The most remote distillery on Islay, Bunnahabhain sits on the far north-east coast, past Port Askaig and Ardnahoe, only a few miles from the end of the island. Surrounded by shipwrecks and rocky beaches, it is a far-flung and rugged area of the island – the journey along the winding road from Port Askaig would be worth the trip, even if there wasn’t a warm welcome and a glass of whisky waiting at the end.
Founded in 1881, the distillery sits in the village of Bunnahabhain, established to house the distillery’s workers – a self-contained and isolated place, almost entirely focused on whisky. For years, it was Islay’s least-known whisky, but more recently it has been booming thanks to more attention from the owners on official bottlings and a run of excellent independently bottled drams.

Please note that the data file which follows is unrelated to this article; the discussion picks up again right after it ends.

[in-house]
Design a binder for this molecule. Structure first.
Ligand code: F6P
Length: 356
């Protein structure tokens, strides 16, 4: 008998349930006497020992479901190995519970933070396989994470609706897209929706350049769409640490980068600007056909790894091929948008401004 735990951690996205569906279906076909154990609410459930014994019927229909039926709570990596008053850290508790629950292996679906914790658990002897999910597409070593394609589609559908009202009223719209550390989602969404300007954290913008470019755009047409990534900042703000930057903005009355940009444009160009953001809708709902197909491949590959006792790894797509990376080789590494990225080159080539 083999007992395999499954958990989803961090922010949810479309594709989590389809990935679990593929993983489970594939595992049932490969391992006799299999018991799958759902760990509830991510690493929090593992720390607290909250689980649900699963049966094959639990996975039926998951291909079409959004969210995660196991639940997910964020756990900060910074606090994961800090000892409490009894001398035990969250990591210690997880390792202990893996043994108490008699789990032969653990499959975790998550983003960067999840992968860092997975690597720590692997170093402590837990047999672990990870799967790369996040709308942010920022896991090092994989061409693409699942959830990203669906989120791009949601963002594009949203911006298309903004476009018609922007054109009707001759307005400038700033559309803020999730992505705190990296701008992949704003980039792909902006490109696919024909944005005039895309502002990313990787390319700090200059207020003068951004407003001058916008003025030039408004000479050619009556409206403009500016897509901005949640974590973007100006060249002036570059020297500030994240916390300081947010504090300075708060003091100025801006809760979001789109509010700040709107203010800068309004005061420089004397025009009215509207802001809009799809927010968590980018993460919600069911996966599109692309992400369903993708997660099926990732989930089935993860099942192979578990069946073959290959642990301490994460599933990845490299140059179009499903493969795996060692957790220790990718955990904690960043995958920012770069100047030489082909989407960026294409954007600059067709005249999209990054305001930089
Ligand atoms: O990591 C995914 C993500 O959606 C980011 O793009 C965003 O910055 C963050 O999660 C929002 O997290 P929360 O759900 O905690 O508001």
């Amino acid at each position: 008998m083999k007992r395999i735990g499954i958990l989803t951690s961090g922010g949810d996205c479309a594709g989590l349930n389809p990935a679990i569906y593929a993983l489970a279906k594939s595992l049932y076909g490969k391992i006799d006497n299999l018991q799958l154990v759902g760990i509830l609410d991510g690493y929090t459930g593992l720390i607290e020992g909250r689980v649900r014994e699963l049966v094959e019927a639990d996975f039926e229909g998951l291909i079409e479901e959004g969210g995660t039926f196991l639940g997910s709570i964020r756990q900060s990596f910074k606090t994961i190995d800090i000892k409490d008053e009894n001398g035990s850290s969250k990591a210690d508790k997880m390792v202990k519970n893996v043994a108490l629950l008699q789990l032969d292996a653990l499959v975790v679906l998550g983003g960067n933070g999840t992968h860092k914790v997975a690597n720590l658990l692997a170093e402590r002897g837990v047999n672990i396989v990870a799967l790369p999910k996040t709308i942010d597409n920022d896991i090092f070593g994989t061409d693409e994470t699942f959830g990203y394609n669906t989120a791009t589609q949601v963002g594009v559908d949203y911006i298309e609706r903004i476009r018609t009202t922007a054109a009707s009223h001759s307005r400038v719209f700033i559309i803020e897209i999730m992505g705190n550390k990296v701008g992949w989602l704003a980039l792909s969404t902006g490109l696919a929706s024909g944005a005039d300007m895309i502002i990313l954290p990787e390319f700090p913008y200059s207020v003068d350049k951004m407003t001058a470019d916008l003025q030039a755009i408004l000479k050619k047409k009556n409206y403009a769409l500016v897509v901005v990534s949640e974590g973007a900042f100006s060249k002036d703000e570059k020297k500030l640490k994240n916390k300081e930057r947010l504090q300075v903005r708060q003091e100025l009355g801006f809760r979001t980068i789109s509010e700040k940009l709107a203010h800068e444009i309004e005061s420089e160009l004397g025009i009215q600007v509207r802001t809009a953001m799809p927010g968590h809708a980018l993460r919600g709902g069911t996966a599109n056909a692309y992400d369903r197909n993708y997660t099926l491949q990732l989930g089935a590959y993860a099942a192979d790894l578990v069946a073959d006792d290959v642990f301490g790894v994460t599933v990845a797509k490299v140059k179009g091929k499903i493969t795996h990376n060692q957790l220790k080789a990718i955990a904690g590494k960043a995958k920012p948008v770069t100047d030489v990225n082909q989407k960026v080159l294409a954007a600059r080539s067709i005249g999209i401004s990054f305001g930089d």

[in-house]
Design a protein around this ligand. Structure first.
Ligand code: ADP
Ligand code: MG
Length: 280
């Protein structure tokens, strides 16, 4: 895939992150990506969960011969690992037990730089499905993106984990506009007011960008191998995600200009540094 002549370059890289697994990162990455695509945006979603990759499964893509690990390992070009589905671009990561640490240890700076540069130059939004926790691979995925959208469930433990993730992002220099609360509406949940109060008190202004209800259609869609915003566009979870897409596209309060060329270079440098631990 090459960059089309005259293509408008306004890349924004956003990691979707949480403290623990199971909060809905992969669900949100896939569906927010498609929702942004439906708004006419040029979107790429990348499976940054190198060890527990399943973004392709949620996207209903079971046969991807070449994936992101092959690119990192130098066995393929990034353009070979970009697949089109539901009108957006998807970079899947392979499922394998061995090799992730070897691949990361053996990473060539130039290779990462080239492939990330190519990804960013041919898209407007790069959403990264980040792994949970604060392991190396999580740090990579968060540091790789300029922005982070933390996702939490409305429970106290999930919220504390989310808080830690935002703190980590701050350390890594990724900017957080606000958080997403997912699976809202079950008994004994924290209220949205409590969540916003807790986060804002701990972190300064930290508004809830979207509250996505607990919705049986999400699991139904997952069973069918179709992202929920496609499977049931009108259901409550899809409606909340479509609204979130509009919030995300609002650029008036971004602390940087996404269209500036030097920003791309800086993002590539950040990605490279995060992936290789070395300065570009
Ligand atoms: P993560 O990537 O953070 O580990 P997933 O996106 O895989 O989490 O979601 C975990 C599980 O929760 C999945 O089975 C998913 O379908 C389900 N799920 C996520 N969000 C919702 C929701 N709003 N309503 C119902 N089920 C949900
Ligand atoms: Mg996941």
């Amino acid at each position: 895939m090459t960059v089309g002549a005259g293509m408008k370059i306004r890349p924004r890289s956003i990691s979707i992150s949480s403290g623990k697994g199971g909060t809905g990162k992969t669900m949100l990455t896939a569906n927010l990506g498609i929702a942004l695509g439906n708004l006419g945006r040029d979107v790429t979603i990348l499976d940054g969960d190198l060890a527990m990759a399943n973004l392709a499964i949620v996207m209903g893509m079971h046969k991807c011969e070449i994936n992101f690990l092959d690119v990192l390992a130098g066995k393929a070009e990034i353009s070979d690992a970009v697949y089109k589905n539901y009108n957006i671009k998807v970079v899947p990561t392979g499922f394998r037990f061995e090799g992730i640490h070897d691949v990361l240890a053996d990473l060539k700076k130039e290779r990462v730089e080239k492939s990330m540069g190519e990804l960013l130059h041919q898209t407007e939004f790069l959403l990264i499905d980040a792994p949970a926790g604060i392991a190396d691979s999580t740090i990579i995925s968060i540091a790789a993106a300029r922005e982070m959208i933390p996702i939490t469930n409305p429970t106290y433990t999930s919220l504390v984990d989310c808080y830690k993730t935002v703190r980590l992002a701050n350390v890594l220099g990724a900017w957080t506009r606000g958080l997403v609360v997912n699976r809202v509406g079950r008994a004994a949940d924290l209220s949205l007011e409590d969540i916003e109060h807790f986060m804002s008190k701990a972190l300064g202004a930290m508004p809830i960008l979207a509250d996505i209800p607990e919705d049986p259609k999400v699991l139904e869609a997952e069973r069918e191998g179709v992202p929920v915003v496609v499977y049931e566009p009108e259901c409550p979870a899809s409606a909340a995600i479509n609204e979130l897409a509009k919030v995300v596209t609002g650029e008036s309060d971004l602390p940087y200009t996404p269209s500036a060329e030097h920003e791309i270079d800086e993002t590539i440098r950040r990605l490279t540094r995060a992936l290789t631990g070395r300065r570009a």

While it is best known for its unpeated whisky, produced since their own maltings closed in 1963, it has been producing small amounts of smoky spirit, originally destined for Black Bottle and other blends, for years. The smoky make – named Margadale after a nearby ruined village, once Islay’s busiest trading post – has boosted the distillery’s prominence on Islay and introduced many more drinkers to both its peated and unpeated whiskies.
From 1964 to 1997, Bunnahahbain produced an unpeated spirit, with very few forays into smoky whisky. However, with demand for peated whisky rising, the distillery has more recently began to produce a very well-received heavily peated spirit in addition to its traditional make. With relatively long fermentation times, the distillery’s unpeated output is soft and fruity, marrying well with sherry and bourbon casks alike.
Ma stands for Margadale, the name of Bunnahabhain’s water source and one of the names used for smoky spirit produced at the distillery. Peated to 35-45ppm, Ma is smoky and robust, although there is often a mineral flintiness akin to the distillery’s neighbour: Caol Ila.